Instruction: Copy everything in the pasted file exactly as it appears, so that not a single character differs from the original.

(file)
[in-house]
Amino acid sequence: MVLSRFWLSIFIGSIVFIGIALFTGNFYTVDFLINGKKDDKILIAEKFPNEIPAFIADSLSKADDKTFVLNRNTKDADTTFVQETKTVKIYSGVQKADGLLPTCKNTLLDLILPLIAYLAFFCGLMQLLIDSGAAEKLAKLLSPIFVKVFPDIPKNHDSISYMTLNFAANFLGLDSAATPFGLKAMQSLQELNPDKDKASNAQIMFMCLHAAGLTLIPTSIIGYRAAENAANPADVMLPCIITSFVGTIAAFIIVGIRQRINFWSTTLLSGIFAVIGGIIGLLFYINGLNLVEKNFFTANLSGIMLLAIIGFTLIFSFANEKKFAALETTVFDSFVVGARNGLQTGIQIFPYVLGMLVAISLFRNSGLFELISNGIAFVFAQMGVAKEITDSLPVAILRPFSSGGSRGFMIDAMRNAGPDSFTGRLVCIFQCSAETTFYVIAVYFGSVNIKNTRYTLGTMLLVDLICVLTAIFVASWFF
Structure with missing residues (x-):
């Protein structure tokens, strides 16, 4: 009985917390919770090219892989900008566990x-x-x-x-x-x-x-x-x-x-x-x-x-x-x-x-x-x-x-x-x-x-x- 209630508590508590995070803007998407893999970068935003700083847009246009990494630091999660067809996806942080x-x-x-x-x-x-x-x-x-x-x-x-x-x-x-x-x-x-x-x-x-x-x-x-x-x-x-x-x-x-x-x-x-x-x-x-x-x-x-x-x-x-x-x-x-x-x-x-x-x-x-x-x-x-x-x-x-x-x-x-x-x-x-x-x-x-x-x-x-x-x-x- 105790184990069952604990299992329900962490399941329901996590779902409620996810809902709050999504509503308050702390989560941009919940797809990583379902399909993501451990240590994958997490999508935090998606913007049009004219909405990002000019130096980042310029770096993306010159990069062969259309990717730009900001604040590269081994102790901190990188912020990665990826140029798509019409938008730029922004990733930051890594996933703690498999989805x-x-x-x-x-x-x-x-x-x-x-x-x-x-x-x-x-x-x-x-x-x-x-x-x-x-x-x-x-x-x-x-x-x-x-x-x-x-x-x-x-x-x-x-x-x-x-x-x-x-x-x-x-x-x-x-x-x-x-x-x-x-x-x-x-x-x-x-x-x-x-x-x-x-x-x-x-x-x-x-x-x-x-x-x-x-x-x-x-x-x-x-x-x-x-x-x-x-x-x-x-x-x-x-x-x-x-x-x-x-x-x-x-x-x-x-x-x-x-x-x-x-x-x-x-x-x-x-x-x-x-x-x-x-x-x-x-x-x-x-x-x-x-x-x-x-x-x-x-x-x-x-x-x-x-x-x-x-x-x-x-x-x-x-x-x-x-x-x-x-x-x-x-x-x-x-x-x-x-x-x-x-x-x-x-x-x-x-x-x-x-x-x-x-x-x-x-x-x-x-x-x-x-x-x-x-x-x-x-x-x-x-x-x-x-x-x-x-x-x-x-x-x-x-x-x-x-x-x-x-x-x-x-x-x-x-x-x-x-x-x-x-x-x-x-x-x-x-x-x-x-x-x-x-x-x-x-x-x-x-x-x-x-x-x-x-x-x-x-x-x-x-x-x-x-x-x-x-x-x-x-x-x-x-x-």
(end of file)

[in-house]
Amino acid sequence: MVLSRFWLSIFIGSIVFIGIALFTGNFYTVDFLINGKKDDKILIAEKFPNEIPAFIADSLSKADDKTFVLNRNTKDADTTFVQETKTVKIYSGVQKADGLLPTCKNTLLDLILPLIAYLAFFCGLMQLLIDSGAAEKLAKLLSPIFVKVFPDIPKNHDSISYMTLNFAANFLGLDSAATPFGLKAMQSLQELNPDKDKASNAQIMFMCLHAAGLTLIPTSIIGYRAAENAANPADVMLPCIITSFVGTIAAFIIVGIRQRINFWSTTLLSGIFAVIGGIIGLLFYINGLNLVEKNFFTANLSGIMLLAIIGFTLIFSFANEKKFAALETTVFDSFVVGARNGLQTGIQIFPYVLGMLVAISLFRNSGLFELISNGIAFVFAQMGVAKEITDSLPVAILRPFSSGGSRGFMIDAMRNAGPDSFTGRLVCIFQCSAETTFYVIAVYFGSVNIKNTRYTLGTMLLVDLICVLTAIFVASWFF
Structure with missing residues (x-):
């Protein structure tokens, strides 16, 4: 009985917390919770090219892989900008566990x-x-x-x-x-x-x-x-x-x-x-x-x-x-x-x-x-x-x-x-x-x-x- 209630508590508590995070803007998407893999970068935003700083847009246009990494630091999660067809996806942080x-x-x-x-x-x-x-x-x-x-x-x-x-x-x-x-x-x-x-x-x-x-x-x-x-x-x-x-x-x-x-x-x-x-x-x-x-x-x-x-x-x-x-x-x-x-x-x-x-x-x-x-x-x-x-x-x-x-x-x-x-x-x-x-x-x-x-x-x-x-x-x- 105790184990069952604990299992329900962490399941329901996590779902409620996810809902709050999504509503308050702390989560941009919940797809990583379902399909993501451990240590994958997490999508935090998606913007049009004219909405990002000019130096980042310029770096993306010159990069062969259309990717730009900001604040590269081994102790901190990188912020990665990826140029798509019409938008730029922004990733930051890594996933703690498999989805x-x-x-x-x-x-x-x-x-x-x-x-x-x-x-x-x-x-x-x-x-x-x-x-x-x-x-x-x-x-x-x-x-x-x-x-x-x-x-x-x-x-x-x-x-x-x-x-x-x-x-x-x-x-x-x-x-x-x-x-x-x-x-x-x-x-x-x-x-x-x-x-x-x-x-x-x-x-x-x-x-x-x-x-x-x-x-x-x-x-x-x-x-x-x-x-x-x-x-x-x-x-x-x-x-x-x-x-x-x-x-x-x-x-x-x-x-x-x-x-x-x-x-x-x-x-x-x-x-x-x-x-x-x-x-x-x-x-x-x-x-x-x-x-x-x-x-x-x-x-x-x-x-x-x-x-x-x-x-x-x-x-x-x-x-x-x-x-x-x-x-x-x-x-x-x-x-x-x-x-x-x-x-x-x-x-x-x-x-x-x-x-x-x-x-x-x-x-x-x-x-x-x-x-x-x-x-x-x-x-x-x-x-x-x-x-x-x-x-x-x-x-x-x-x-x-x-x-x-x-x-x-x-x-x-x-x-x-x-x-x-x-x-x-x-x-x-x-x-x-x-x-x-x-x-x-x-x-x-x-x-x-x-x-x-x-x-x-x-x-x-x-x-x-x-x-x-x-x-x-x-x-x-x-x-």